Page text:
To be surrounded by a community of artists is such a massively special thing. I only realise now what a privilege it was as I type everyday in isolation. To share your heart and for that to be okay. To be understood before you explain. To connect in a wordless way. This is your work. This is your heart. This is who you are, always expressing. What a privilege to be able to share who you are everyday. Of course it might be shit but it is your work and it is valid. The tutors were subtle and unsubtle but they were always honest and always respected your intentions.
It was normal to see a pile of something with a note on it saying ‘not rubbish’. In sculpture, a dishcloth or a broken clock could have as much if not more value as a drill or any other expensive tool.
In second year I decided to make an enormous steel mobile studio which I was going to attach to a bicycle. One of the sculpture technicians, Brendan, cast his eye over the huge skeleton frame I had managed to get together in the two weeks I had to complete the whole thing. He told me that everything takes three times as long as you first thought. This piece of wisdom stays with me with regards every single project I undertake. It will always take three times as long as you think.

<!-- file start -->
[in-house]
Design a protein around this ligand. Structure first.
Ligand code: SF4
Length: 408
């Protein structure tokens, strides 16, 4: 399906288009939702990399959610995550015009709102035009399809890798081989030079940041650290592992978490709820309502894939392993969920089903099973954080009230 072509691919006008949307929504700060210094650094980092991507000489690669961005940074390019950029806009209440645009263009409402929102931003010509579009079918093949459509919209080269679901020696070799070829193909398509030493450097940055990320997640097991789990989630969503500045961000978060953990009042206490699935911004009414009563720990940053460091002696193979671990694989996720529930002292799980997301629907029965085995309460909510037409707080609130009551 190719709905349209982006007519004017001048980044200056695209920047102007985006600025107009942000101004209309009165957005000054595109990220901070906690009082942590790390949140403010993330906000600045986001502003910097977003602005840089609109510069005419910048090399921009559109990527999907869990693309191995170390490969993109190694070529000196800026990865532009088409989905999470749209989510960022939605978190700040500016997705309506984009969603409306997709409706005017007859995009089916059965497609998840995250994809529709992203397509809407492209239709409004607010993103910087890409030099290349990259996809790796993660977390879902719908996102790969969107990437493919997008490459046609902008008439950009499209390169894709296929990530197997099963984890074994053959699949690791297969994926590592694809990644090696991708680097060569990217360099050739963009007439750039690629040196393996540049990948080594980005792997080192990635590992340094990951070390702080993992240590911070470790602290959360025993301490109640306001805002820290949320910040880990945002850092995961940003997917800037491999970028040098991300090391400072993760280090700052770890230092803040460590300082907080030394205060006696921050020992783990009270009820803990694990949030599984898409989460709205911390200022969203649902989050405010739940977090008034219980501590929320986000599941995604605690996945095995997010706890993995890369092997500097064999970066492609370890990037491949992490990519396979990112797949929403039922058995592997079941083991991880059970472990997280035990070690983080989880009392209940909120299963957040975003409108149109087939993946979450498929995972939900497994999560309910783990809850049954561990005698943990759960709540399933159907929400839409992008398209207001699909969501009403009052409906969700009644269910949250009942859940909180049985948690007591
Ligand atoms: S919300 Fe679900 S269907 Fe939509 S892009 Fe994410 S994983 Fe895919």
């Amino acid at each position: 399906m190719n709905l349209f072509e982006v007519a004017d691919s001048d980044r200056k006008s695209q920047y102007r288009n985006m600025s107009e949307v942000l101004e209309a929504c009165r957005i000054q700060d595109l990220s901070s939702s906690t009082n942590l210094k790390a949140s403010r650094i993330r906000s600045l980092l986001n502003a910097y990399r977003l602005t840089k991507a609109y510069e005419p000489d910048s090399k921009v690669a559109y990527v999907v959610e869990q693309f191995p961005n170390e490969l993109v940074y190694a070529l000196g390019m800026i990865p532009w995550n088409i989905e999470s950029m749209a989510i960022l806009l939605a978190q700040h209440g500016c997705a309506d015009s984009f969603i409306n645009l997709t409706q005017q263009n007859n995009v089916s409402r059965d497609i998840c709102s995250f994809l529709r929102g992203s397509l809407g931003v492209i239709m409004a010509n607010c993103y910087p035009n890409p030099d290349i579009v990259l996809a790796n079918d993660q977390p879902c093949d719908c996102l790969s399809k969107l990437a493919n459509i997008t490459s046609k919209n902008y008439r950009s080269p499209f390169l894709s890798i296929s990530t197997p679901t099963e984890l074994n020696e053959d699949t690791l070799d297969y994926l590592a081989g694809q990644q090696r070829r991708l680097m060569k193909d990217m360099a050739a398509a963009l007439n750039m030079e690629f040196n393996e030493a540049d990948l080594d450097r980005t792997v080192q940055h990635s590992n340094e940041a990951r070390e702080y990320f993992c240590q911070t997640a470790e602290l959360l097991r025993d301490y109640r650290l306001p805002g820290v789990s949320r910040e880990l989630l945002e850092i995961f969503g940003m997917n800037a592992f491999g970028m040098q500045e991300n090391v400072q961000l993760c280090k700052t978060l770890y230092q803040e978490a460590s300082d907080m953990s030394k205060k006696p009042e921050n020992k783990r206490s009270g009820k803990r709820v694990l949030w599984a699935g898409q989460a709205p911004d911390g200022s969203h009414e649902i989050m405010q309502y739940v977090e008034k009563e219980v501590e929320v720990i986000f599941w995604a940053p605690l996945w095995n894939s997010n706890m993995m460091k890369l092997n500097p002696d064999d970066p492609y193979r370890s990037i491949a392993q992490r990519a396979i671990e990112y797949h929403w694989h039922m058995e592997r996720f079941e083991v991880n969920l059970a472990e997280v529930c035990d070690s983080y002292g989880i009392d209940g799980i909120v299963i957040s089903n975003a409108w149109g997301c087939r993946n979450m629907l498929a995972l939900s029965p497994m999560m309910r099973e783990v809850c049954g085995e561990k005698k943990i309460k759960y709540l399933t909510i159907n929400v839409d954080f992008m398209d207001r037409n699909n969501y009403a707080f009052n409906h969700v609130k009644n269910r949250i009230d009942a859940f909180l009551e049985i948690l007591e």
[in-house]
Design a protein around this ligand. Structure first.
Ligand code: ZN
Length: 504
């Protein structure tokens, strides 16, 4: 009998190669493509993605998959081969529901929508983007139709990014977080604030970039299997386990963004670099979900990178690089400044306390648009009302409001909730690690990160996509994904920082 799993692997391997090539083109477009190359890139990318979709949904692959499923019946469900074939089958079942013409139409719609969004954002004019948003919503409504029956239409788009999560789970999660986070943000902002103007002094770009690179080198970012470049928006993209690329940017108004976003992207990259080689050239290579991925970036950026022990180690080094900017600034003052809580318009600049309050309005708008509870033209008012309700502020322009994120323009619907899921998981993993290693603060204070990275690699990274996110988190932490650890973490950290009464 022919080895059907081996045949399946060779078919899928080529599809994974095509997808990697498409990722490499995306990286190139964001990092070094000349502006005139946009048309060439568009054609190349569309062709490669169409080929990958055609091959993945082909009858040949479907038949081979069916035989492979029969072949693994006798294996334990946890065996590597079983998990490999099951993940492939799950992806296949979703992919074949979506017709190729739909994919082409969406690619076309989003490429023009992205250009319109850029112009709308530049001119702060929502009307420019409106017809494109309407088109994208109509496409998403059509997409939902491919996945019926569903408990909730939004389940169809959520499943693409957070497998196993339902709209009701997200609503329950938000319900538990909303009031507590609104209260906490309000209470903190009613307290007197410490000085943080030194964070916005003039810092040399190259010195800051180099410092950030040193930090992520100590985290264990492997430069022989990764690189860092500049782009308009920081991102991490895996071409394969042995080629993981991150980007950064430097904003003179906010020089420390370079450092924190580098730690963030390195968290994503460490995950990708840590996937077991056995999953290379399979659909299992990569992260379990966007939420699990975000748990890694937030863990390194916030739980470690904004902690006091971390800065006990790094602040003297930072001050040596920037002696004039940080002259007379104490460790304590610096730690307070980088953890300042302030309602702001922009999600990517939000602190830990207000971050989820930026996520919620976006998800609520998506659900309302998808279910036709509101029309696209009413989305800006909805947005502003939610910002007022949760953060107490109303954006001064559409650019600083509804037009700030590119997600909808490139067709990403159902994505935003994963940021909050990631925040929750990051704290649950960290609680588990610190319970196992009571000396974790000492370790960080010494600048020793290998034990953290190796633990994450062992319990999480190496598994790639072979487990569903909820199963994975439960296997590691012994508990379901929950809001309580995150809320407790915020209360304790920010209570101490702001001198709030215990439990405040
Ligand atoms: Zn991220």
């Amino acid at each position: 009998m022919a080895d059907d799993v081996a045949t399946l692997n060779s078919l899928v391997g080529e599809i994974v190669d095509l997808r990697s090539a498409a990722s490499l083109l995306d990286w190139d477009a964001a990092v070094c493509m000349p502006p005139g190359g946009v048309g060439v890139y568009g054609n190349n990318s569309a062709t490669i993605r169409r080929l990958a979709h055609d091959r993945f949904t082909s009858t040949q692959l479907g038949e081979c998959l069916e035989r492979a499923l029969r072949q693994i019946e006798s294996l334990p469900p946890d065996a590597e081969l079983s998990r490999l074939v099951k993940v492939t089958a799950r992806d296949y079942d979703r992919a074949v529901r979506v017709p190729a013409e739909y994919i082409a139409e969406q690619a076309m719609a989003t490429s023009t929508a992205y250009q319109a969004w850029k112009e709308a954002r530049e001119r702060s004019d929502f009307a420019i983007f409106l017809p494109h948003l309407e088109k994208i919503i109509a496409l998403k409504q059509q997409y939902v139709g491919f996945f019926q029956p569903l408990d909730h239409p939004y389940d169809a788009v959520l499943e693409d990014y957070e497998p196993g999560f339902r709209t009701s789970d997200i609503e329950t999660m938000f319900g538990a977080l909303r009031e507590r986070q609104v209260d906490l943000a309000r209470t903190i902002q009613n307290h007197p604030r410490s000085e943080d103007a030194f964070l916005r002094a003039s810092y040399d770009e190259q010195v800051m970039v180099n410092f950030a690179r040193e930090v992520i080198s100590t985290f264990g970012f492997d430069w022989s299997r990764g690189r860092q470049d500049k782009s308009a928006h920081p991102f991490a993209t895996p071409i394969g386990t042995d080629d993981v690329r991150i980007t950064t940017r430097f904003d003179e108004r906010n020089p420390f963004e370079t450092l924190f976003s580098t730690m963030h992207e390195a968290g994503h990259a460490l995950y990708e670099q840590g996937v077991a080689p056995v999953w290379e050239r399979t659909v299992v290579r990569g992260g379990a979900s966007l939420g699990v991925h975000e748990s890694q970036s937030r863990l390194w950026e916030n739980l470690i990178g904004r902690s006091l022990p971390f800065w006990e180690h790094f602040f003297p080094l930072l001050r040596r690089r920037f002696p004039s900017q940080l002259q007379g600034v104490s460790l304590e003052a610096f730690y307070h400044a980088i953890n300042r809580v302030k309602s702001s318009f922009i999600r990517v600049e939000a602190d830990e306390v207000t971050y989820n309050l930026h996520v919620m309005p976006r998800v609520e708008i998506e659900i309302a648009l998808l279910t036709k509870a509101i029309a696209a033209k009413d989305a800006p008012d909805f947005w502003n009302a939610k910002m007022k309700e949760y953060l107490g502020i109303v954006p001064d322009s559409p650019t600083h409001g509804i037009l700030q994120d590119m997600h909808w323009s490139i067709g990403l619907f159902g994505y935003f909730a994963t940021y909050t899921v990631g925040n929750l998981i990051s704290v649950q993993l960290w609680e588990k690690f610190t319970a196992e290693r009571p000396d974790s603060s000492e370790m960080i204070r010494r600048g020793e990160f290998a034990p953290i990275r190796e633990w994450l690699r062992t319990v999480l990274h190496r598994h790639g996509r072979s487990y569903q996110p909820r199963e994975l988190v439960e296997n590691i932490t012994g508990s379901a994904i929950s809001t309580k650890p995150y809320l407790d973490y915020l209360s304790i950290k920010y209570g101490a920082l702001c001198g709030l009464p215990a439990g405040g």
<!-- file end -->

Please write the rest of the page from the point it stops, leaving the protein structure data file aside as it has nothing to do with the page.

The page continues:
In third year I spent months making a giant light-up heart made out of steel and mesh wire and cooked chips. Because the heart was too big for my studio, I had to move into the ‘atrium’, which felt like being in a huge conservatory, with a big flowerbed full of plants in the middle. People used to visit me everyday as I painstakingly glued each individual chip on. I exhibited the giant heart and put it back in the atrium, not sure what to do with it now. Chips kept falling off it. Eventually it got thrown out by the likely exasperated cleaners. It took a few people to carry it so they must have made a group decision on it. I looked everywhere for it, until my friend Damo told me he had seen a trail of chips leading to a skip. We followed the trail and there it was in its final resting place, under some concrete slabs.